There are so many different printer options it’s not easy to decide which one best suits your needs. Essentially, it boils down to three decisions…

1. The printing technology;
2. The versatility of the device, and
3. The output size.

Printing technologies

Inkjet printing dominates for photo printing because it provides the best combination of output quality and durability at an affordable price. Two types are available, distinguished by the type of ink they use: dye or pigment. Both work by placing tiny droplets of ink on the surface of the printing paper.

Inkjet printers are the most popular for printing at home.

Regardless of ink type, inkjet printing reproduces the greatest detail and the widest range of colours and tones as well as the longest-lasting prints. Dye inks are absorbed into the surface of the paper, while pigment inks sit on top of it. This makes pigment inks a little more vulnerable to surface abrasion than dye inks.

Dye-sublimation printers use thousands of tiny heating elements to release coloured dyes from a donor ribbon, which is placed in contact with receiving paper. In most cases, these printers have cyan, magenta and yellow dye ribbons, although some also include black. The amount of heat from each element dictates the amount of dye that is transferred to the paper. The end result looks like a photographic print.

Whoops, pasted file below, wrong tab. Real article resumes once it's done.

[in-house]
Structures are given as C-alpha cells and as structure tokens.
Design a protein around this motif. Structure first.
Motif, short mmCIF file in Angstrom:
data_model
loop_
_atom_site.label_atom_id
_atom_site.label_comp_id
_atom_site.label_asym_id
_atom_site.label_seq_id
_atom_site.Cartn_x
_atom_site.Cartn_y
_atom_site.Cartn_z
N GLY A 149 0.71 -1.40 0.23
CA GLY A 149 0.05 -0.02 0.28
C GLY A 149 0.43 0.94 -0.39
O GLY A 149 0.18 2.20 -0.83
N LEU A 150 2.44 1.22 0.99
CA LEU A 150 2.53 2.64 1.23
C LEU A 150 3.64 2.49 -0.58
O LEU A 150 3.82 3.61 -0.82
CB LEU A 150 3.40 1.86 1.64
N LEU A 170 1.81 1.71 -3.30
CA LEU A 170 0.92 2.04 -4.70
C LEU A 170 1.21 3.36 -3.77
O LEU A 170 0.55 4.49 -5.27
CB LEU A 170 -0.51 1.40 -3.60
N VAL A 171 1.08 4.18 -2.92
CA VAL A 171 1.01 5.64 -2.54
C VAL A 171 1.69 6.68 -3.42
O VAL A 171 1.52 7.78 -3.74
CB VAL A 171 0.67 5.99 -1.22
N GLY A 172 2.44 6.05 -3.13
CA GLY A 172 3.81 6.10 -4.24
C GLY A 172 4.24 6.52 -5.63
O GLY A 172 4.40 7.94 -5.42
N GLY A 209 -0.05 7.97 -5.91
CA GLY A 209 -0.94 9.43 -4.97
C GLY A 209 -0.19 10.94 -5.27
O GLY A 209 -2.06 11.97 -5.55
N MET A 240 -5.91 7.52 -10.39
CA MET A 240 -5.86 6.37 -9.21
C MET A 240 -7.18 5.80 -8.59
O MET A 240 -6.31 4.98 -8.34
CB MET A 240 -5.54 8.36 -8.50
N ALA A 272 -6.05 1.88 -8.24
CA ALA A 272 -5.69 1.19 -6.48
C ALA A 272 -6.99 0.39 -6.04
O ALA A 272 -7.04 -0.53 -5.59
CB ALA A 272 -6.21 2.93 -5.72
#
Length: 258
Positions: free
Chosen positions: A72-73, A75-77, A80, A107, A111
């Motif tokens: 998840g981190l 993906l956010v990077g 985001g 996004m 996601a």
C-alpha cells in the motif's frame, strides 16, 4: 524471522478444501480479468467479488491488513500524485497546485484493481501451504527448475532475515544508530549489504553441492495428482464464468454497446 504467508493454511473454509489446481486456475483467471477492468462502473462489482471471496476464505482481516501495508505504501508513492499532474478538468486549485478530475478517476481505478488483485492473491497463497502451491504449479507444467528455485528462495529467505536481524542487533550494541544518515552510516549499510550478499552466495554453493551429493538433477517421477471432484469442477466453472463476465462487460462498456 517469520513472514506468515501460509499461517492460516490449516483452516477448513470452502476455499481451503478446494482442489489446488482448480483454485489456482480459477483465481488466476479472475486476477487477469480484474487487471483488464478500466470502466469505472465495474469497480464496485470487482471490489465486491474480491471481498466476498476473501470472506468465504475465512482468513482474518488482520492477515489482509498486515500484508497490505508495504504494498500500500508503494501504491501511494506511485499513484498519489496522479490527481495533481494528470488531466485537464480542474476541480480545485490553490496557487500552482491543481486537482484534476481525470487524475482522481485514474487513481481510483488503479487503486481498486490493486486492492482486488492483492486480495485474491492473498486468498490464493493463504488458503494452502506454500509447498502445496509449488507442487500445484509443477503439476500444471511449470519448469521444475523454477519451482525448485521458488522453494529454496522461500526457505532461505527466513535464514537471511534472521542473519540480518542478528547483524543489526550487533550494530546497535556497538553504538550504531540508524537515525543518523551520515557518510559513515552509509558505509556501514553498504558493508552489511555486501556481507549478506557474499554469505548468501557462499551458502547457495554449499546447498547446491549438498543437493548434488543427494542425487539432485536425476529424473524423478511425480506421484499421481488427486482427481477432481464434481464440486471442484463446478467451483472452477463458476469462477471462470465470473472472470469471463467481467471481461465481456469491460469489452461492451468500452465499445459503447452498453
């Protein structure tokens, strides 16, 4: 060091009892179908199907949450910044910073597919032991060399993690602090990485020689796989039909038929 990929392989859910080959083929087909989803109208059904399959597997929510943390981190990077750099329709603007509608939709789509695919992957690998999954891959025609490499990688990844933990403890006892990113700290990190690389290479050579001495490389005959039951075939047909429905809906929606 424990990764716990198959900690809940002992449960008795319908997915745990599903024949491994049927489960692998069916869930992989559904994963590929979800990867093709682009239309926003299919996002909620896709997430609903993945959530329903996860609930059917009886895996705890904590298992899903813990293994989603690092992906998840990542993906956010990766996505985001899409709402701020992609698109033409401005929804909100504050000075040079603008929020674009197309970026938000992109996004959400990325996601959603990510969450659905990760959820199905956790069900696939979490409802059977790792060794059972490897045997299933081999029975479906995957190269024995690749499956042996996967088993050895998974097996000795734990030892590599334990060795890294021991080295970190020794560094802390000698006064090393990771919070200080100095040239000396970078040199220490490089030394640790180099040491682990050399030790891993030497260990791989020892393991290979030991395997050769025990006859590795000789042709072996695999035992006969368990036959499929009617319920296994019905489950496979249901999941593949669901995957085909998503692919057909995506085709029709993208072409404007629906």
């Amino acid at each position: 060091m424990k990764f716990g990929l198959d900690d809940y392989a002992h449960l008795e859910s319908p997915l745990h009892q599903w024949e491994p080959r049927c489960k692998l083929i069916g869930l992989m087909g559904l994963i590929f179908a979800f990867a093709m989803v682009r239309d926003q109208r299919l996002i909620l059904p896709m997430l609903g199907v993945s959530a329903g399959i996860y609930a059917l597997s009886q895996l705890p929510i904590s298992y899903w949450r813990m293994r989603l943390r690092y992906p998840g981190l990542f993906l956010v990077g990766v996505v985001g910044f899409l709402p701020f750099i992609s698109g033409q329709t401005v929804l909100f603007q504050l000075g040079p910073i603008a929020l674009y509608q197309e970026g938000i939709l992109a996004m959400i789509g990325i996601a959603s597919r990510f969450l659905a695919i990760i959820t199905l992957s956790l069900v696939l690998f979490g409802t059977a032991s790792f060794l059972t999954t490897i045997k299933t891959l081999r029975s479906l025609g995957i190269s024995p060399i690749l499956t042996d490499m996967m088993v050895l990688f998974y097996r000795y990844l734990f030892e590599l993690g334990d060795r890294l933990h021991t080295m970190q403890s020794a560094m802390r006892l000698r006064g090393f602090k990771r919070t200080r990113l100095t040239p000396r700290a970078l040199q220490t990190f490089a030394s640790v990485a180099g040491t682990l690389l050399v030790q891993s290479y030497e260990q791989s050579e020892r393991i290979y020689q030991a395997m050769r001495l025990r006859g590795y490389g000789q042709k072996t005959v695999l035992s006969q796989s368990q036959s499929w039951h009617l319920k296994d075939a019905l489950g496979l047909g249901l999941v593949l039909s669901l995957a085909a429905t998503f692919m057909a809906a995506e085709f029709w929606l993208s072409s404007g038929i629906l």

Dye-sublimation printers like Fujifilm’s Instax models, have an instant fun appeal, but they have limited value for printing photos because of the small output sizes supported and poor fade-resistance in the resulting prints.

Most models can only produce small prints that aren’t razor sharp. Because they’re quick and convenient (the paper and ink ribbon are supplied and loaded together), dye sublimation technology is commonly used in photo booths. The media packs containing both ribbon and paper, are rated for an exact number of prints which yields a fixed cost per print.

Laser printers perform relatively poorly when printing photos, so they are used mainly for office work. The process uses an electrically charged powder toner that is fused to the paper with heat. Specially-coated paper is required. Small prints can be curved by the fusing rollers.

Choosing a photo printer

If you’re serious about photo printing you’ll want a dedicated photo inkjet printer. People who only print photos occasionally can use a multi-function printer, which can also scan and copy photos and documents. But the results won’t be as good because these printers only use four inks: cyan, magenta, yellow and black (CMYK) and lack facilities for fine-tuning ink delivery.

Four-colour multi-function printer/scanner/copier devices can be used for occasional photo printing but they won’t produce results as good as printers with printers with six or eight ink tanks.

Photo quality inkjet printers are the most economical to use and produce the best-looking, longest-lasting output. You also have the widest choices in the papers you can use and the print sizes each printer can produce.

The importance of inks

Whichever printer you choose, make sure it uses enough inks to deliver the output quality you expect. While multi-function printers use four or five inks, their main value lies in the inclusion of scanning and copying facilities. Most include both wired and wireless networking, the latter making it easy to print from smart devices.

Five-ink printers may add an extra black ink for printing on glossy papers or a grey ink to cover the intermediate tones between black and white. The latter type will produce better tonal gradations and cleaner-looking monochrome prints. Depending on the printer driver and ink set, output can vary between acceptable and borderline quality for photo printing.